The first tubular extension 60 may also have some side-to-side movement, or wobble, when positioned on the first tubular portion 36. The side-to-side movement may allow the tubular extension to attach, or mate, to a system component or conduit whose alignment is offset from the axis 40 while still maintaining a seal between the extension and the first tubular portion 36. The side-to-side movement also protects against cross threading.

As shown in FIG. 5a, an axis 49 of the first tubular extension 60 is generally coaxial with the axis 40 of the first tubular portion 36. The first tubular extension 60, however, may move relative to the first tubular portion 36 such that the axis 49 of the first tubular extension is no longer coaxial with the axis 40 of the first tubular portion. The axis 49 of the first tubular extension 60 may diverge from the axis 40 of the first tubular portion 36. The axis 49 of the first tubular extension 60 may even remain parallel to, but not coaxial with, the axis 40 of the first tubular portion 36.

For example, as shown in FIG. 5b, the sealing element 70 acts as a pivot point allowing the first tubular extension 60 to pivot slightly relative to the first tubular portion 36 such that axes 49, 40 are no longer coaxial. The pivoted first tubular extension 60 forms a narrow opening 41 between the first tubular portion 36 and the first tubular extension. The amount of pivot and size of the opening 41 will vary depending on such factors as, for example, the roundness of the first tubular portion 36 and the position of the telescoping first tubular extension 60 relative to the first tubular portion. For example, in certain embodiments, when the first tubular extension 60 is about 0.5 cm from full extension, relative to the first tubular portion 36, the axis 49 of the first tubular extension may pivot approximately 1 to 2 degrees relative to the axis 40 of the first tubular portion. Further, the sealing element 70 maintains a seal between the first tubular extension 60 and the first tubular portion 36 with the first tubular extension pivoted so that the axes 49, 40 are no longer coaxial.

The first tubular extension 60 typically includes a threaded tip 90 having male threads; however, in certain embodiments (not shown), the threaded tip has female threads. Further, the threaded tip 90 generally has tapered national pipe threads (NPT); however, in certain embodiments, other suitable thread types known in the art may work, such as for example national straight pipe threads (NPS).

The tip 90 may be adapted to threadably engage a fluid system component or conduit, such as for example one of the valves 32 illustrated in FIG. 2. In one exemplary embodiment, the tip 90 may be specifically adapted to threadably engage the female threaded port of a 24 volt, 1 inch, electronically actuated solenoid valve, which is often used in residential irrigation sprinkler systems. The female threads on the solenoid valve are typically tapered pipe threads, or NPT threads, but may have other suitable thread types known in the art, such as straight pipe threads, or NPS threads.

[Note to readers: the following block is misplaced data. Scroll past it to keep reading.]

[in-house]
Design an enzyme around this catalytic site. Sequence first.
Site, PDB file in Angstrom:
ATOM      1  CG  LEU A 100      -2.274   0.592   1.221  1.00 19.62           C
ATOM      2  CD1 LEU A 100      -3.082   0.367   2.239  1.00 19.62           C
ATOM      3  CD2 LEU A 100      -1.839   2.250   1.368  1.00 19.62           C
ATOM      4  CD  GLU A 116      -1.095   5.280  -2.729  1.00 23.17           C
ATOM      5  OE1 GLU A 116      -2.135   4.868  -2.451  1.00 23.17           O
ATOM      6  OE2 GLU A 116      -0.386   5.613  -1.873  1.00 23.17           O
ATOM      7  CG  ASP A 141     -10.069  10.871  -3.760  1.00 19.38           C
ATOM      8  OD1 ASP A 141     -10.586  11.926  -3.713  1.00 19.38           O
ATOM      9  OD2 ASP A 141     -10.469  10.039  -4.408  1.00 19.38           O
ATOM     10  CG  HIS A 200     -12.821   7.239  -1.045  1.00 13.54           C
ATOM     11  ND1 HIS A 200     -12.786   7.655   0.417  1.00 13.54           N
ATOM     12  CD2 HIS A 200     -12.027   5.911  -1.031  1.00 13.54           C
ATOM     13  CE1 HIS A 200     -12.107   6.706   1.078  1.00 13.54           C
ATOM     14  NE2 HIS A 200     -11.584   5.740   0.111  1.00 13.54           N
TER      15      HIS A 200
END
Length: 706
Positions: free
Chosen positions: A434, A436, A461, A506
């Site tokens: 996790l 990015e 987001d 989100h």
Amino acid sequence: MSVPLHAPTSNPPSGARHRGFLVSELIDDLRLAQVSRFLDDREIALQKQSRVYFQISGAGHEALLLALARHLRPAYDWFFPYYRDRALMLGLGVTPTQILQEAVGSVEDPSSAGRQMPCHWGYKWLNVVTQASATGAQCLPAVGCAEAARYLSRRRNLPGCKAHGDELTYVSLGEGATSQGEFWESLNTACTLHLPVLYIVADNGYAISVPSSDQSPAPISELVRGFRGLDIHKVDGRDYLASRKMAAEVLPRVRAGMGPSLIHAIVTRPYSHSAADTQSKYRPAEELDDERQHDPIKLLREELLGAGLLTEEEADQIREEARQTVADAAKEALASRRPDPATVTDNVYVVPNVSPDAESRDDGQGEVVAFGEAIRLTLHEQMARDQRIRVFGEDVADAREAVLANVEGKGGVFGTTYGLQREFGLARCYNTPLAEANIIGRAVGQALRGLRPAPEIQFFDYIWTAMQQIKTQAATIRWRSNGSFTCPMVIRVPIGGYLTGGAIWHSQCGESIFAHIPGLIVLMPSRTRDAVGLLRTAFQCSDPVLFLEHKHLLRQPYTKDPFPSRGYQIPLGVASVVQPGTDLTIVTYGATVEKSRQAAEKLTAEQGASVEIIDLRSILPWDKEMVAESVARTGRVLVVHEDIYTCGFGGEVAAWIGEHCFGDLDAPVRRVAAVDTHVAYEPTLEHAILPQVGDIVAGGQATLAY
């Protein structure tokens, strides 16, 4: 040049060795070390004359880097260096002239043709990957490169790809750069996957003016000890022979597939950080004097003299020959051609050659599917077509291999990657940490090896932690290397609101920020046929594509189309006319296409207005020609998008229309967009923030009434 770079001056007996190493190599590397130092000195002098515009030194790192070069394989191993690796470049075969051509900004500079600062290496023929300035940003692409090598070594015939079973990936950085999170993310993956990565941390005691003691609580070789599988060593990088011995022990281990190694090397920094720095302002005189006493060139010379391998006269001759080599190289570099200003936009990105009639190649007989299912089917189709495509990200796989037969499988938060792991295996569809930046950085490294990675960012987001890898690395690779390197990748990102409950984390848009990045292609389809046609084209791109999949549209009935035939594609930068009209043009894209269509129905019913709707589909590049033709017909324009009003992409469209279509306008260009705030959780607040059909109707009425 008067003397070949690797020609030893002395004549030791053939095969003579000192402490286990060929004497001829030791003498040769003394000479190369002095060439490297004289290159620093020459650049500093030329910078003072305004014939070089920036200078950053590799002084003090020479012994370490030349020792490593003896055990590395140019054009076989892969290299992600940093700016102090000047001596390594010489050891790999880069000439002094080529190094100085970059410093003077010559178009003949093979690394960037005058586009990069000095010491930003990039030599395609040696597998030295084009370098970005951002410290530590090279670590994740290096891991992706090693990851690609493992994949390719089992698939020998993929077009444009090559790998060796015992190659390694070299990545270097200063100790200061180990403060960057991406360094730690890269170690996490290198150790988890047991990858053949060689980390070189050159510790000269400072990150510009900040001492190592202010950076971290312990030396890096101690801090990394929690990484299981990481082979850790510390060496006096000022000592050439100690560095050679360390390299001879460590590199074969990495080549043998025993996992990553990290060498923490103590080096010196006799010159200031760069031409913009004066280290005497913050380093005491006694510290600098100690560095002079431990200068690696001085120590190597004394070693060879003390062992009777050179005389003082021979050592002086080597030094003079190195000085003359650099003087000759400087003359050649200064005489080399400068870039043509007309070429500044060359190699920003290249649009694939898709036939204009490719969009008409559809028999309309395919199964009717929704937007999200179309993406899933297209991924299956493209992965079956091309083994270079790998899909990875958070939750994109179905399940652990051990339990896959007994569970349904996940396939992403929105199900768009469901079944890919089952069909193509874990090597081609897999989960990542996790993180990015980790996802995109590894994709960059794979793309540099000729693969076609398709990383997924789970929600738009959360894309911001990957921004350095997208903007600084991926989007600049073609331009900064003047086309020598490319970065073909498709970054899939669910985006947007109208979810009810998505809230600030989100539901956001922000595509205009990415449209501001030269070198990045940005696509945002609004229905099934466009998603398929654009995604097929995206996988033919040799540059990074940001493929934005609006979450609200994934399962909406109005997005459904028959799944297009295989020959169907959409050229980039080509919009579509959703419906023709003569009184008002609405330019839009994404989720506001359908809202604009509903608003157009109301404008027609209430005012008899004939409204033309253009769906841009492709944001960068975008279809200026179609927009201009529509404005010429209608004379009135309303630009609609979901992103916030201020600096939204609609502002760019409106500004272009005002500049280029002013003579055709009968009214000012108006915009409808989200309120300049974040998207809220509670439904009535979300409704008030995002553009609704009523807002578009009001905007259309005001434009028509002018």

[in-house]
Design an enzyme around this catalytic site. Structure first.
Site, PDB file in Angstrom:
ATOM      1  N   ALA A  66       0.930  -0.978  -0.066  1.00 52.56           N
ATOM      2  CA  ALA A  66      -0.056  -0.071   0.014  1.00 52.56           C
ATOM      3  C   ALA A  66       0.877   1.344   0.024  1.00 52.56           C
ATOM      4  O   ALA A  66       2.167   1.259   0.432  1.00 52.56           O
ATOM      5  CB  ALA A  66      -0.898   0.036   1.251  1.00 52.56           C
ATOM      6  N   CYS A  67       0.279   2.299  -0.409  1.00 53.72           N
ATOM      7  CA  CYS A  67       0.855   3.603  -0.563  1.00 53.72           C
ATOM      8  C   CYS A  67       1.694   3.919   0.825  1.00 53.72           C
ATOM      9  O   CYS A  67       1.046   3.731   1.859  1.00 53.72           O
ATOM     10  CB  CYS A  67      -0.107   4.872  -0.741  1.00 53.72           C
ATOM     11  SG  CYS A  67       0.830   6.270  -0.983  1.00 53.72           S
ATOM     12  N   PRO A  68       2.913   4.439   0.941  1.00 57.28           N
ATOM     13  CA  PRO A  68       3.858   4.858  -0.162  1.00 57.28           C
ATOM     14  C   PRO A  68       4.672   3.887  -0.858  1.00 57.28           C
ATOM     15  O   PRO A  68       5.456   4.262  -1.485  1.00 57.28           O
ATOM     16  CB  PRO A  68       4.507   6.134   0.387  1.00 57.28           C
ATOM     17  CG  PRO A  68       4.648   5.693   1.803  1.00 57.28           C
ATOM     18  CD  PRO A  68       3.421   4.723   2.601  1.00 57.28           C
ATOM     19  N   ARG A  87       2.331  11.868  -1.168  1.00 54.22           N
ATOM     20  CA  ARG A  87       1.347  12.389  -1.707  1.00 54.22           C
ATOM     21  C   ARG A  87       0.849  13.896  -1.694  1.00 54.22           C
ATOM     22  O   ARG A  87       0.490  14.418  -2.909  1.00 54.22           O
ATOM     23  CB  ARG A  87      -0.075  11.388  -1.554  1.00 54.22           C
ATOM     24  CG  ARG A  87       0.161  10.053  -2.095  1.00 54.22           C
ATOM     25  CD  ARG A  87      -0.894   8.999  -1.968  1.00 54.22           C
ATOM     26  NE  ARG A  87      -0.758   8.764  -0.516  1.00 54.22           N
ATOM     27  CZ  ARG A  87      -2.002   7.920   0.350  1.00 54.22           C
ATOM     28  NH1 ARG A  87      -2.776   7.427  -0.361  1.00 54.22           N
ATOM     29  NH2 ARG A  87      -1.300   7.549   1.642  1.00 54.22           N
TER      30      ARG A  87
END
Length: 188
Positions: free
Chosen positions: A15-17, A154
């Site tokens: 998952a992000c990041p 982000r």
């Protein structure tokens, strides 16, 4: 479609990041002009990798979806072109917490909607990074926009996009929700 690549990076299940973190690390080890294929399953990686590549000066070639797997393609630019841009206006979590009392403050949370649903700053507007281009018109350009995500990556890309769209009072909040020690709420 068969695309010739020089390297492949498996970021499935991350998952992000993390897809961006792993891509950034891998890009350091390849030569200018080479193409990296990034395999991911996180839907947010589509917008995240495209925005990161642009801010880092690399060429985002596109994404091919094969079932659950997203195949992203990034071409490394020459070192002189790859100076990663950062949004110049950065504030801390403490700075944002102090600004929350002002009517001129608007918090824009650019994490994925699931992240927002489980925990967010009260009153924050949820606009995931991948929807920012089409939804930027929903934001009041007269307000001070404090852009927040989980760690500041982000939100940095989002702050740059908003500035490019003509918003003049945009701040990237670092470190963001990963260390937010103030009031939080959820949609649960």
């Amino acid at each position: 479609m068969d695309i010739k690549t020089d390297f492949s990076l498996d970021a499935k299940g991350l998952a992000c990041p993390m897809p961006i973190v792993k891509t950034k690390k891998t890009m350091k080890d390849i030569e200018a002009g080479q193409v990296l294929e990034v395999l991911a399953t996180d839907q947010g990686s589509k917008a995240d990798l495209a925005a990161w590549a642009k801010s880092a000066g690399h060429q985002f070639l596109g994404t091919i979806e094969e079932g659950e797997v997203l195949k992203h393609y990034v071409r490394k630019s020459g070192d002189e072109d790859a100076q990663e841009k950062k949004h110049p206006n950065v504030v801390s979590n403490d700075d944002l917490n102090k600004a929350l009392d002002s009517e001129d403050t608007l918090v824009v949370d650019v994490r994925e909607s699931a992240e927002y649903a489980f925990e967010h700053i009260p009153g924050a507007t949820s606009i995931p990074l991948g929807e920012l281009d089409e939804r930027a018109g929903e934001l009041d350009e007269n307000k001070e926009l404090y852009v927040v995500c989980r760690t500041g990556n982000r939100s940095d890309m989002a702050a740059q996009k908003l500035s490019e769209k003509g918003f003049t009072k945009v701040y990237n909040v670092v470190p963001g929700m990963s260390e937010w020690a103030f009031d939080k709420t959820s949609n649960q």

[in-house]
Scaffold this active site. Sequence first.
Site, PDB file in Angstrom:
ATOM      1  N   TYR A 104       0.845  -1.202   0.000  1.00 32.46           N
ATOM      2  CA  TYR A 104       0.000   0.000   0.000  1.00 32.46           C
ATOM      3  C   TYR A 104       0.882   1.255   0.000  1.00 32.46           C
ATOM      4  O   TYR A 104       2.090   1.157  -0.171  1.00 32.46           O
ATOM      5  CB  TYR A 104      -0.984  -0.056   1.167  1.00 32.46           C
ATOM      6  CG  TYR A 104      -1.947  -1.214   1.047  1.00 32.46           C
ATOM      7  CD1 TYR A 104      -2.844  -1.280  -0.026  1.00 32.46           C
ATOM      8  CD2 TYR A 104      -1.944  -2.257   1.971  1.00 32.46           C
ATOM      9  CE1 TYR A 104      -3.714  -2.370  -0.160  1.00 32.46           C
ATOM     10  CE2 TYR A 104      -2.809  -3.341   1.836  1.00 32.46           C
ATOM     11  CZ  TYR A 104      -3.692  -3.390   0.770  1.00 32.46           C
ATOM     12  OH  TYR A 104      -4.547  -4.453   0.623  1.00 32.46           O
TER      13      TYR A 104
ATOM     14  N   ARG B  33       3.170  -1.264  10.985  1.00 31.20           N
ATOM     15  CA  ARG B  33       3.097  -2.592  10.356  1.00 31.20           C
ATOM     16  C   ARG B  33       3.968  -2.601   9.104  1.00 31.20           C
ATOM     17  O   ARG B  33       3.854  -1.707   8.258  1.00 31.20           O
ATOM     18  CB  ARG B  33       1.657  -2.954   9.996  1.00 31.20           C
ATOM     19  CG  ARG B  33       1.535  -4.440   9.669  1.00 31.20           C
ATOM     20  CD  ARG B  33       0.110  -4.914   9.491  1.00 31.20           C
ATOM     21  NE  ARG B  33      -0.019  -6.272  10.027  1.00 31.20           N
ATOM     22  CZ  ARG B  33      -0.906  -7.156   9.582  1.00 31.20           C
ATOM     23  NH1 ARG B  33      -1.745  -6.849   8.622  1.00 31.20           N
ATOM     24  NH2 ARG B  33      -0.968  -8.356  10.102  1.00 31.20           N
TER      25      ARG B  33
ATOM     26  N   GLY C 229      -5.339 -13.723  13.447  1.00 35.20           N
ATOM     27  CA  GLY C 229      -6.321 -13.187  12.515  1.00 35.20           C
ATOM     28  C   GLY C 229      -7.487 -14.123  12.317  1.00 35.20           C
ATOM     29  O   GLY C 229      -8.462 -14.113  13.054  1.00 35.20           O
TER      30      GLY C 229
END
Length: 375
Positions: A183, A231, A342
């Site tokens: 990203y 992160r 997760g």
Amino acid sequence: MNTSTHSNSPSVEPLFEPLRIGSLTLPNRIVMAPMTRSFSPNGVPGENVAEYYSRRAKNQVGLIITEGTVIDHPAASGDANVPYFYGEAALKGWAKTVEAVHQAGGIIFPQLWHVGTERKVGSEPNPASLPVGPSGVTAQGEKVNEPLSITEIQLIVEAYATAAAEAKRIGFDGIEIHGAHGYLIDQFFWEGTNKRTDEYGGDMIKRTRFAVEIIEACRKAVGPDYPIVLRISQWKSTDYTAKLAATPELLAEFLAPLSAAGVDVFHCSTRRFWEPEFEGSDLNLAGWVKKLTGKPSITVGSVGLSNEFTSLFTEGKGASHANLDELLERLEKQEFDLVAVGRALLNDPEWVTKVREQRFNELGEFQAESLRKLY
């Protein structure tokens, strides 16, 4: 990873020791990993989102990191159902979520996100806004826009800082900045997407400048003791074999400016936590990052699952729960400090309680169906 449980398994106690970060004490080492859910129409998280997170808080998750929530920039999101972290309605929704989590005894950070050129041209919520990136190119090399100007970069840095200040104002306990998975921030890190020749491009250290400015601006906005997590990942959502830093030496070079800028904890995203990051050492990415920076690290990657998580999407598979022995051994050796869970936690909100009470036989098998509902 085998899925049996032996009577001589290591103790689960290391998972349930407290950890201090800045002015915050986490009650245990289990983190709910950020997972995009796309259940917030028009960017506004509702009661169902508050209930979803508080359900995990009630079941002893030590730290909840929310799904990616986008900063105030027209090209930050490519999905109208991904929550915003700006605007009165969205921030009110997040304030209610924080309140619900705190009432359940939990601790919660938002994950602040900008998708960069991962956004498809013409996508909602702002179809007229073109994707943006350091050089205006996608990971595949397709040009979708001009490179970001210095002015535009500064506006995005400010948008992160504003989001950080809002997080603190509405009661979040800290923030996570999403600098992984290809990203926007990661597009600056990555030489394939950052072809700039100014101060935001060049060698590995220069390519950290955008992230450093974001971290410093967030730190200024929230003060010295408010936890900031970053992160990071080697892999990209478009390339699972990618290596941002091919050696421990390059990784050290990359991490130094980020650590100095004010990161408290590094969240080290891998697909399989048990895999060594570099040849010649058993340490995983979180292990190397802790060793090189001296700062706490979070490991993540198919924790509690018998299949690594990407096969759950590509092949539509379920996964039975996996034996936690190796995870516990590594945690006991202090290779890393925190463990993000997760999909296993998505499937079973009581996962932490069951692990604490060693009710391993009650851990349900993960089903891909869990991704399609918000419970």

NPT is a standard for tapered threads that are used to join pipe and fittings. NPT threaded pipes and fittings can provide an effective seal for transporting liquids, gases, steam, and hydraulic fluid. The taper on NPT threads allows them to form a seal when torqued as the flanks of the threads compress against each other, as opposed to straight thread fittings or compression fittings in which the threads merely hold the pieces together and do not provide the seal. Since the threads compress against each other, a wrench or other torquing device must be used to make the sealing connection.

In the exemplary embodiment of the coupling of FIGS. 2-3, the male threaded tip 90 has NPT threads. However, the NPT threads on the male threaded tip 90 are undersized NPT threads. For example, as shown, the male NPT threads of the threaded tip 90 are undersized approximately 1 turn small from nominal. The diameter of the male threads on the undersized NPT threaded tip 90 is smaller than the diameter of nominal NPT threads on a male threaded component sized to threadably mate with a nominal NPT threaded female component.

The undersized male NPT threads on the male threaded tip 90 prevent the flanks of the threads from compressing against each other to form a seal. Further, the undersized male NPT threads allow the male threaded tip 90 to be hand-tightened into a standard NPT female threaded component, without the use of a wrench or other torquing device. In order to provide a seal between the coupling 30 and the valve 32, the first tubular extension 60 may include a radial extending surface 92 adjacent the male threaded tip 90. The radially extending surface 92 may include a seal groove 94 and the seal element 96, such as for example a gasket or an o-ring, positioned within the seal groove 94. When the first tubular extension 60 is threaded into the valve 32, the radial extending surface 92 engages a corresponding surface on the valve 32 such that the seal element 96 forms a face seal therebetween. Thus, the single seal element may effectively provide a seal between the component and the extension 60, even when hand-tightened. For example, a user may thread the tubular extension 60 into the valve 32 by hand, compressing the seal element 96 and creating a watertight seal capable of withstanding at least 20 psi of water pressure.